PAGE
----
Crustaceans and molluscs commonly serve as substrata for sessile peritrich ciliates, and several previous studies have focussed on these relationships. Studies of epibiosis between Epistylis spp. and parasitic crustaceans are scarce. This topic has, primarily been investigated by Van As and Viljoen (1984), who have described E. branchiophila Perty-Stein, 1859, E. epibirnimiana, and E. cyprinaceae Van As and Viljoen, 1984 on Lernaea cyprinaceae Linnaeus (1758). Shafir and Oldewage (1992) have recorded Epistylis sp. on Argulus americanus Wilson (1902); A mississippiensis Wilson (1916); A. lepidostei Kellicott (1877); and A. flavescens Wilson, 1916 from Illinois, U.S.A. These authors have observed rust-coloured lesions characteristic of crustacean shell disease. Silva-Souza and Rosim (2005) have recorded Epistylis sp. on lernaeid crustaceans from Corrego do Feijao, Sao Paulo, Brazil. Abdallah et al. (2011) recorded Epistylis sp. on copepoda Amplexibranchius bryconis Thatcher and Paredes (1985) from Peixe's River, the state of Sao Paulo, Brazil.

Material and Methods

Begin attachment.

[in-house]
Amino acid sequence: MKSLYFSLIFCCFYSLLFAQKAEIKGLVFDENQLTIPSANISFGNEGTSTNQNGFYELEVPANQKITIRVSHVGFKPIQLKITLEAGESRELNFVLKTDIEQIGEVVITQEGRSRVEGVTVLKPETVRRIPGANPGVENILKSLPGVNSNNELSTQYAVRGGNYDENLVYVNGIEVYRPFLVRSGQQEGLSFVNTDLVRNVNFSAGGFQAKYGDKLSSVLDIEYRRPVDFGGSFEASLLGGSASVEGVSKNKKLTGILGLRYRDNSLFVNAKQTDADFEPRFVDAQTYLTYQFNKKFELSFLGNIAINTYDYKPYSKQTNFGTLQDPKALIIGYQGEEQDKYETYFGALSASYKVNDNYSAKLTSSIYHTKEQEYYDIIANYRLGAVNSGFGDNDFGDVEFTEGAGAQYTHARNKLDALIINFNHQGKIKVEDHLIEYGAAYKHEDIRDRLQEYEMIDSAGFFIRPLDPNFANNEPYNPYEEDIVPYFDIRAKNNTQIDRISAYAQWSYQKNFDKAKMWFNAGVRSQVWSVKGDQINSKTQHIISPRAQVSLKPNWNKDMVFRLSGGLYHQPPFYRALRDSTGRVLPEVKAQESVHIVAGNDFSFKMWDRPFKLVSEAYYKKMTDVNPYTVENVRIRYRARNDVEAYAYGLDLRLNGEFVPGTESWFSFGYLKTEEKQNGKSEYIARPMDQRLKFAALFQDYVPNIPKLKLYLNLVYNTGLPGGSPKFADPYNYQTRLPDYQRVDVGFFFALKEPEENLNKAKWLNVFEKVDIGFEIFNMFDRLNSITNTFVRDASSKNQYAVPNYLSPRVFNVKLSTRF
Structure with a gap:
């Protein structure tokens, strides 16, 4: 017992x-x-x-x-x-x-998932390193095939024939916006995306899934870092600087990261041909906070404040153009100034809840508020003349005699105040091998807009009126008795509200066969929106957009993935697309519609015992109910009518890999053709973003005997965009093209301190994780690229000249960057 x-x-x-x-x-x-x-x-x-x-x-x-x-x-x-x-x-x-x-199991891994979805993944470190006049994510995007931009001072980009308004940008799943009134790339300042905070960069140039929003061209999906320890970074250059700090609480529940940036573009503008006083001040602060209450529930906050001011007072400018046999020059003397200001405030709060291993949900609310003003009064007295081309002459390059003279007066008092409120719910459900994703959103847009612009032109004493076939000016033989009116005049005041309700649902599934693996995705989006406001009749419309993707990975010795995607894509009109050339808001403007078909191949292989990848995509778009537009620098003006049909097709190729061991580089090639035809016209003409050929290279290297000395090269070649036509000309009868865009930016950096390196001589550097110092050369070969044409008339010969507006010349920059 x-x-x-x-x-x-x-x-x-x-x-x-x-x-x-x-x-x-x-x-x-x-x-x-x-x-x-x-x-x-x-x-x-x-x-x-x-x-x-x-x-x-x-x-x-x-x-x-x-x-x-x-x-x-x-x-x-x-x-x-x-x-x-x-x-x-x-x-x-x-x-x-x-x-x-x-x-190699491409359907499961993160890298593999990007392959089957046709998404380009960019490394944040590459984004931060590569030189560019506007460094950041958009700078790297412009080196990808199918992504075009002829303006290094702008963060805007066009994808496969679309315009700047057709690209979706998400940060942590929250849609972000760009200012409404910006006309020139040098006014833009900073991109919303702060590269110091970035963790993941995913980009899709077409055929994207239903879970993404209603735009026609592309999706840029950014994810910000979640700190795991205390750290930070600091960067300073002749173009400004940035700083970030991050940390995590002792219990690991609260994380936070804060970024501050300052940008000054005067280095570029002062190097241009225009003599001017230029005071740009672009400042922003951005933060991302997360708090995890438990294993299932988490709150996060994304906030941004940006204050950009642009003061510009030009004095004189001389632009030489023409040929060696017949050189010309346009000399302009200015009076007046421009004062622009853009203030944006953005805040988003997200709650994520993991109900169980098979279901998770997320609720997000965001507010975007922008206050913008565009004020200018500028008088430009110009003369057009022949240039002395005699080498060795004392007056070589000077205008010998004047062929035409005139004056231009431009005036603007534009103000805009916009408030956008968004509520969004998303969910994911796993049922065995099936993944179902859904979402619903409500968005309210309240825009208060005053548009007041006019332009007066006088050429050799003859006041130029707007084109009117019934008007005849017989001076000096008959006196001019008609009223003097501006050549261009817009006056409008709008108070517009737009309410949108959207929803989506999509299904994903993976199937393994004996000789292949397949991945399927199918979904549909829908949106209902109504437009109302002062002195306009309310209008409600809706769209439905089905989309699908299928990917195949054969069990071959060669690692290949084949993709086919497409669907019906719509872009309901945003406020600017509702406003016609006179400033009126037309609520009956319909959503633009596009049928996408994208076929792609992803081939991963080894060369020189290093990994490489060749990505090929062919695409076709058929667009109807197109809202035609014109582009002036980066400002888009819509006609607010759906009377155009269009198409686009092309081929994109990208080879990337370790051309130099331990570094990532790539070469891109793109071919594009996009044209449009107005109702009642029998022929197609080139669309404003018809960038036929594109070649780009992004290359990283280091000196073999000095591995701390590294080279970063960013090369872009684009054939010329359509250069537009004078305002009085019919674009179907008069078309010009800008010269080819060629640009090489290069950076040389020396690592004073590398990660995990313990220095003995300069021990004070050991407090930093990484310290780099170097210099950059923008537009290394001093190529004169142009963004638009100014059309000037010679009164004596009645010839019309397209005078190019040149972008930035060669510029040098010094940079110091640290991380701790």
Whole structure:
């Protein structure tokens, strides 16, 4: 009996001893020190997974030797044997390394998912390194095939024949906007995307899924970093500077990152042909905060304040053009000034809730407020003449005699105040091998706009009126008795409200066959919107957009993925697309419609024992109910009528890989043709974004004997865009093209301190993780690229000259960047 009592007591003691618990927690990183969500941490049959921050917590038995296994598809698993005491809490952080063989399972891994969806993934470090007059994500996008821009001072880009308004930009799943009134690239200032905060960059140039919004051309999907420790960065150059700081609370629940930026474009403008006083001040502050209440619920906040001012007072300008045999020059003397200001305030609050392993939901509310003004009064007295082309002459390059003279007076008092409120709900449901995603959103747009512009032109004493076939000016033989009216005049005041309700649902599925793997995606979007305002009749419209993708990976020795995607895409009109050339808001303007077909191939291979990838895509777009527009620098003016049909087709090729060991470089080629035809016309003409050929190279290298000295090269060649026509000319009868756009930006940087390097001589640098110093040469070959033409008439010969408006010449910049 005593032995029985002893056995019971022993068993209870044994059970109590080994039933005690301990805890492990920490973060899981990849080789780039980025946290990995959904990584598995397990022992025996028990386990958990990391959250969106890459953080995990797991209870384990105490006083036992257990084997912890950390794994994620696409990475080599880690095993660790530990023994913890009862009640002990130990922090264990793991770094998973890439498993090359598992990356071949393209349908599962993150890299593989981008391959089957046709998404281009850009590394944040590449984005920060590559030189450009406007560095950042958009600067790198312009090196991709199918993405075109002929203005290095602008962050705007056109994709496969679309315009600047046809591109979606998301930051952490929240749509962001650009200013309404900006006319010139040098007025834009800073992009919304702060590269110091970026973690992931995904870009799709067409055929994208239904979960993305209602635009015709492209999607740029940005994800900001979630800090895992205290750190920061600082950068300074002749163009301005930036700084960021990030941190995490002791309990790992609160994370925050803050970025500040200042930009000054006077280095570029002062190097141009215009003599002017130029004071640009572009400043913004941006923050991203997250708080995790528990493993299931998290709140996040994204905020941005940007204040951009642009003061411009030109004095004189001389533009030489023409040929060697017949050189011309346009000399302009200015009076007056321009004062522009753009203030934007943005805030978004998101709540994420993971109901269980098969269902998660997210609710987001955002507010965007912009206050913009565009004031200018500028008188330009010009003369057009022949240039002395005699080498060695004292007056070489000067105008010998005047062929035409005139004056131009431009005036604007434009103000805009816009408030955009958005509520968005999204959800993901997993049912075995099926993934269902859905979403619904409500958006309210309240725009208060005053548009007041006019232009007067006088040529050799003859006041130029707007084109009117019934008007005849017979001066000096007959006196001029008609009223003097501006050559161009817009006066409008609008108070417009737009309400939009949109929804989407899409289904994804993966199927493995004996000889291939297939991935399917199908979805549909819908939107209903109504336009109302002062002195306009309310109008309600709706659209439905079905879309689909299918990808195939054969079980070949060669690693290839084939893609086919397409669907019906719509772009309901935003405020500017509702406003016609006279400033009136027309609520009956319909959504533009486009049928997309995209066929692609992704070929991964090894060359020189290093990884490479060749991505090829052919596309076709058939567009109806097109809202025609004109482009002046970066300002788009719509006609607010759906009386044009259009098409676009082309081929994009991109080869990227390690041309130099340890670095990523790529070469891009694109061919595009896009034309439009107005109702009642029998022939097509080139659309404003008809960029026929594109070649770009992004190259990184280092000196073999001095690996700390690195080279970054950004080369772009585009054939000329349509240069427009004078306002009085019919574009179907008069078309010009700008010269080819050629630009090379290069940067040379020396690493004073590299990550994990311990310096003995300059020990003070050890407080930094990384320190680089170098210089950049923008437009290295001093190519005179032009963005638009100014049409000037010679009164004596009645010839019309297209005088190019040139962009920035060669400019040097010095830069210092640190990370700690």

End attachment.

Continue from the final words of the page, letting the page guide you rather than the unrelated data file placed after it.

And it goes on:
We examined 10 specimens of the fish Pimelodus maculatus Lacepede (1803) collected from the Veados River (23[degrees] 15' 20.7"S 48[degrees] 37' 17"W), in the state of Sao Paulo, Brazil, from 25 to 27 July 2011 (Figure 1). The gills, skin, nostrils, and oral cavity were examined in search of parasitic crustaceans. The crustaceans found were fixed in 70[degrees]GL alcohol, were subsequently mounted between a slide and a coverslip using Gray & Wess, and were identified according to Thatcher and Brasil-Sato (2008). The sessile ciliates were mounted in Gray & Wess between a slide and a coverslip, since this mounting medium was very satisfactory for this group of parasites. Micrographs were taken with a Leica DM5000 microscope equipped with differential interference contrast (DIC) optics. Other specimens were prepared for scanning electron microscopy using standard techniques (Dedavid et al., 2007) and analysed with a FEI Company Quanta 200 scanning electron microscope in the Centre of Electron Microscopy of the Instituto de Biociencias do Campus de Botucatu-UNESP. Voucher specimens of the Crustacea were deposited in the Colecao Helmintologica do Instituto de Biociencias de Botucatu (CHIBB), in the state of Sao Paulo, Brazil, with the number CHIBB 7053.